By [CC-BY-3.0 (], via Wikimedia Commons

Natraja Asana King of Dance Pose

On Tuesday, in an evening class, I noticed something:  midway through the session that began at 7:30 p.m., it started to get dark. Darker than I like, because we all know what the growing early darkness means (I can’t think about it too much or I will get sad.). But it did get my mind working. Considering, first, that the class could have been led by candlelight, as the instructor didn’t turn any overhead lamps on until just moments before the end, and even then they were so dim, you could see only silhouettes of moving bodies across the room. This certainly was not a bad way to follow the path through the vinyasa flow, just different than what I am used to in my daily 5 p.m. And then this fleeting thought about candles led me to something an instructor said months ago that has flickered in and out of my mind ever since: You can be the light or you can be the mirror that reflects the light.

You can be the light…or you can be the mirror that reflects the light.

What I like about this is that both are good ways to be. You can’t lose if you look at and live life like this. This duality. Sometimes you’re leading the pack, bushwhacking the trail, burning so bright. I imagine myself holding the candle (or wearing the headlamp?, if you will), and I wonder if I have ever truly done this. And I know the answer is yes. And then sometimes you’re supporting the innovator, holding the mirror up to their ideas, reflecting the brilliance that is someone else’s, listening, helping, propping up, being the buoy that cautions the lead. It is worth asking yourself if you stand in this role regularly as well, and if you do it genuinely and with integrity.

Likely most of us lean one way or the other much of the time, but it fairs us well to take a turn or two at practicing new roles. Exercise duality. Finding balance in these is likely the ultimate goal, but can it be obtained?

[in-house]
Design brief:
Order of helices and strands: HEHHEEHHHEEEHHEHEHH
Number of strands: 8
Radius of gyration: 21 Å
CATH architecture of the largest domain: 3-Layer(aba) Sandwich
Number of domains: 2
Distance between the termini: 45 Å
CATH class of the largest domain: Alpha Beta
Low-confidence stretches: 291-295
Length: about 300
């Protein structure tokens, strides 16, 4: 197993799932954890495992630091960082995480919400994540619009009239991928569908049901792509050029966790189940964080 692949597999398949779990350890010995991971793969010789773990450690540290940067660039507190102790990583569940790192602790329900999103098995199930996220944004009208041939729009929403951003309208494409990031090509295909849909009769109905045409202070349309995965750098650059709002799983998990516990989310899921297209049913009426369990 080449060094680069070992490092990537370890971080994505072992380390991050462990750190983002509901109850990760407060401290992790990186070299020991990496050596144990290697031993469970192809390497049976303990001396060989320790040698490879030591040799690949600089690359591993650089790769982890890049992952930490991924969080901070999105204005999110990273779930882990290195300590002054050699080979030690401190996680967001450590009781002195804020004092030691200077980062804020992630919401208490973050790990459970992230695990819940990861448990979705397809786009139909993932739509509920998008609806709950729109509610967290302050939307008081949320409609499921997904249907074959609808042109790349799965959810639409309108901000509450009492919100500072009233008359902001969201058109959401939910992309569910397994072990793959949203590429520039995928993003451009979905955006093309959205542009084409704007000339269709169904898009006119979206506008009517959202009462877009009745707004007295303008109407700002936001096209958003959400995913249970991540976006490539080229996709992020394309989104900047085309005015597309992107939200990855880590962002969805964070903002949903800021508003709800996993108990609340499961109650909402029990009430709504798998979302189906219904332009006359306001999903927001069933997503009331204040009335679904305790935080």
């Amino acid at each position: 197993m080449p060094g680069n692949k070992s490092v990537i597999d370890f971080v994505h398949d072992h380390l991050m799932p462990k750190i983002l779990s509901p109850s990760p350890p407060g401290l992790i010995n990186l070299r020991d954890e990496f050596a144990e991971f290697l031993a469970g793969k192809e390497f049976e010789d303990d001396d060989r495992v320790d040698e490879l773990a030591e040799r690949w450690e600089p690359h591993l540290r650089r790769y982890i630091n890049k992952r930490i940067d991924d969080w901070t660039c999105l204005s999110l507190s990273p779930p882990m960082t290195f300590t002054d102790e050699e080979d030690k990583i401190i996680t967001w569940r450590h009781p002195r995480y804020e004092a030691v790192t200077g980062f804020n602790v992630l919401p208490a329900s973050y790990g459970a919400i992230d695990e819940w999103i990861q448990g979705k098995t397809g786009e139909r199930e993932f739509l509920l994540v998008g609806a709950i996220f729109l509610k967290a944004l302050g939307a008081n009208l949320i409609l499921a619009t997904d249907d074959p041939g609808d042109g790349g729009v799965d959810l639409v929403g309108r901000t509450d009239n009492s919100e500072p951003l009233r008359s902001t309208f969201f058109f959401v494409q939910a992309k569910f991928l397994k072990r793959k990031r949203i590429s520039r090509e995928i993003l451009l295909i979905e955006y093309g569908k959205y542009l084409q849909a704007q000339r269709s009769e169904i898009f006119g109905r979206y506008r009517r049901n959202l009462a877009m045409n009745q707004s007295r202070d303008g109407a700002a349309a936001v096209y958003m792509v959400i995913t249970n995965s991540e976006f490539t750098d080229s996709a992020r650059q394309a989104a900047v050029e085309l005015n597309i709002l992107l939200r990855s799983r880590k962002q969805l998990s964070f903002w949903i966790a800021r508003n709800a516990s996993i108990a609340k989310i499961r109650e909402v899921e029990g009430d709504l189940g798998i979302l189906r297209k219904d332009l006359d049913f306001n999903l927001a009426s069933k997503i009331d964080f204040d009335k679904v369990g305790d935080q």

Tonight in yoga, I attempted to practice this duality and find balance in standing poses. Particularly in Natraja Asana DANCER pose. Dancer is one of my favorites, for many, many reasons; one being that there is this draw to peek, this urge to look straight at yourself in the mirror to see just how far that leg is extended into the air behind you. Are you leaning too far forward? Are your hips level and pulled evenly toward the front of the room? Are you playing your edge? Are you being the flame or the mirror? Finding drishti—meaning vision or insight in Sanskrit, is a gazing technique that develops concentration and teaches you to see the world as it really is—almost like what I imagine feeling what an optical illusion would be like (if there is such a thing as feeling optical illusions), in DANCER is vital, at least to my practice, and I’ve never, not even once, sneaked a peek. Knowing full well if I see my reflection I will lose my way and no longer be my own light. I will no longer be the ray, playing my edge, quieting the chatter described above and finding oneness and peace in the pose and in the mind; I’ll be the mirror that reflects the light instead and there’s no telling what that would mean in that exact moment.